Susan Craddock, PhD

Acting Director, Center for Bioethics

Susan Craddock

Contact Info

Office Phone 612-624-8613

Fax 612-624-9108


My research asks questions about what shapes patterns of infectious diseases and the responses to them. Central to my work is how scientific research, commercial interest, health needs, and government policies interact to contour who experiences particular diseases, why, and how. My latest research for example looks at collaborations involved in what I am calling humanitarian pharmaceutical production – that is, nonprofit organizations, university researchers, pharmaceutical companies, and funding agencies researching new tuberculosis drugs and vaccines for the first time in several decades. What scientific, ethical, and regulatory innovations are emerging from these collaborations, and what constitutes the opportunities and challenges of producing new therapies outside of typical profit-making incentives, form key questions of this work. Compound Solutions: Pharmaceutical Alternatives for Global Health (University of Minnesota Press 2017) is the outcome of this research.

With my colleague Tamara Giles-Vernick, I've also looked at responses historically and currently to outbreaks of influenza, including controversies over global and national reactions to the recent H1N1 pandemic. Key points here were the variations in government response, the direct association between global inequality and vaccine access, evolving definitions of pandemic, and the growth of surveillance mechanisms for early detection. Before this, I examined the policies restricting availabilities of ARVs for the majority of people living with AIDS, a project that brought science, commerce, and suffering into direct conflict. In a related project I researched the politics of AIDS vaccine research, namely the design of clinical trials and the focus on developing vaccines against strains of HIV that primarily affect those in high income, not low income, countries.

Courses Taught

GWSS 8220: Feminist Science Studies

GWSS 5290/BTHX 5000: Health, Violence, and the State

GWSS 3290: The Politics of Pandemics

GLOS 3305: Life for Sale: Debates in Environment, Medicine, and Science

GWSS 3203: Blood, Bodies, and Science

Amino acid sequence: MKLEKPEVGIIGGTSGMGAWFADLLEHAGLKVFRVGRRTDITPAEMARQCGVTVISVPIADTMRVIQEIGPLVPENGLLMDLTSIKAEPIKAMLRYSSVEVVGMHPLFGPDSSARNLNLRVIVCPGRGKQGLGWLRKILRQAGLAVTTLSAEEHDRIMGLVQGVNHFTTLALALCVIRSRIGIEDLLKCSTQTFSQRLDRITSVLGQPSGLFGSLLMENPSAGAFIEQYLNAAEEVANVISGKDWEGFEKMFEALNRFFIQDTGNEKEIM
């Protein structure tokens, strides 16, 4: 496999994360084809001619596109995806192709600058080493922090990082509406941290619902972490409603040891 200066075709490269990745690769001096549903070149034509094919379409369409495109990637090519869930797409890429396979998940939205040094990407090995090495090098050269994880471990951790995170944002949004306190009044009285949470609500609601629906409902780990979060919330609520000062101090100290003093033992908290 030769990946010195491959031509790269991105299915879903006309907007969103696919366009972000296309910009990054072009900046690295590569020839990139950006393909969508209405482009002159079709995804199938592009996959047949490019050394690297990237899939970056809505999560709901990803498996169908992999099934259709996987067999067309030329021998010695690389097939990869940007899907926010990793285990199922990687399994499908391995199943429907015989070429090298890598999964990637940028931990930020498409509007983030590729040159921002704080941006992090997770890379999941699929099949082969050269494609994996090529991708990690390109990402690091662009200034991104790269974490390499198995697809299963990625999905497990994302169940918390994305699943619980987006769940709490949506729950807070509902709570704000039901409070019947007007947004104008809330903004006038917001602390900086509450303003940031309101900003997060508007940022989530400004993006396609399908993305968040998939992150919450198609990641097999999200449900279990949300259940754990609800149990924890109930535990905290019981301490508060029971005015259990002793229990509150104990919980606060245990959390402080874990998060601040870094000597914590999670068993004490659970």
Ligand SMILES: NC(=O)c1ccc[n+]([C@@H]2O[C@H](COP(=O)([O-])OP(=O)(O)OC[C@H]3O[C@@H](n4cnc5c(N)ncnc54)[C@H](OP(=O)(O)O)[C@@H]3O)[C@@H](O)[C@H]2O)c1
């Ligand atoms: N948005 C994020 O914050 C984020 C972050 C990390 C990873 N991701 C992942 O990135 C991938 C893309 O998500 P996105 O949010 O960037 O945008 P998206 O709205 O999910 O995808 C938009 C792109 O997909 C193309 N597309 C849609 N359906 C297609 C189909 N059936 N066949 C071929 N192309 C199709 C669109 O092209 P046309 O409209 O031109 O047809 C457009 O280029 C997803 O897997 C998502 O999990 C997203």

HSEM 3305: Inequality and Global Health



Miles S, Craddock S. Ethics for the Anthropocene. In DellaSala D, Goldstein M (eds) The Encyclopedia of the Anthropocene 2018,4;21-27.

Compound Solutions: Pharmaceutical Alternatives for Global Health. University of Minnesota Press, 2017.

Making ties through making drugs: Partnerships for tuberculosis drug and vaccine development. In Global Health Geographies, Clare Herrick and David Reubi, CoEds., Routledge, 2016, 99-119.

Precarious connections: making therapeutic development happen for malaria and tuberculosis. Special Issue on One World One Health? Social Science Engagement with the One Health Agenda. Social Science and Medicine 2015, 129:36-43.

Introduction, Special Issue on One World One Health? Social Science Engagement with the One Health Agenda, coauthored with Steve Hichliffe. Social Science and Medicine 2015. 129:1-4.

Aid for Whom? Distance Caring and Corporate Practices. Special Issue on Brand Aid and the International Political Economy and Sociology of North-South Relations, co-editors Stefan Ponte and Lisa Richey, International Political Sociology Forum 2013. 1, 7:.98-101.

Critical interventions in global health geographies: Governmentality, risk, and assemblage, coauthored with Tim Brown and Alan Ingram. Special Issue on Geographies of Health, Ed. Dr. Mei Po Kwan; Annals of the Association of American Geographers 2012, 102,5:1182-1189

Drug Partnerships and Global Practices, Journal of Health and Place, 2012, 18, 3,2012.

Influenza and Public Health: Learning from Past Pandemics. Craddock, Susan, Tamara Giles-Vernick, Taylor and Francis, 2010.

The Politics of HIV/AIDS in Africa, in Peyi Soyinka-Airewele and Rita Kiki Edozie, Eds., Reframing Contemporary Africa, CQ, 2009.

Tuberculosis and the Anxieties of Containment, in Harris Ali and Roger Keil, Eds., Networked Diseases: Emerging Infections in the Global City, Wiley-Blackwell, 2008.

Market Incentives, Human Lives, and the AIDS Vaccine, Social Science and Medicine, 64, 5 1042-1056, 2007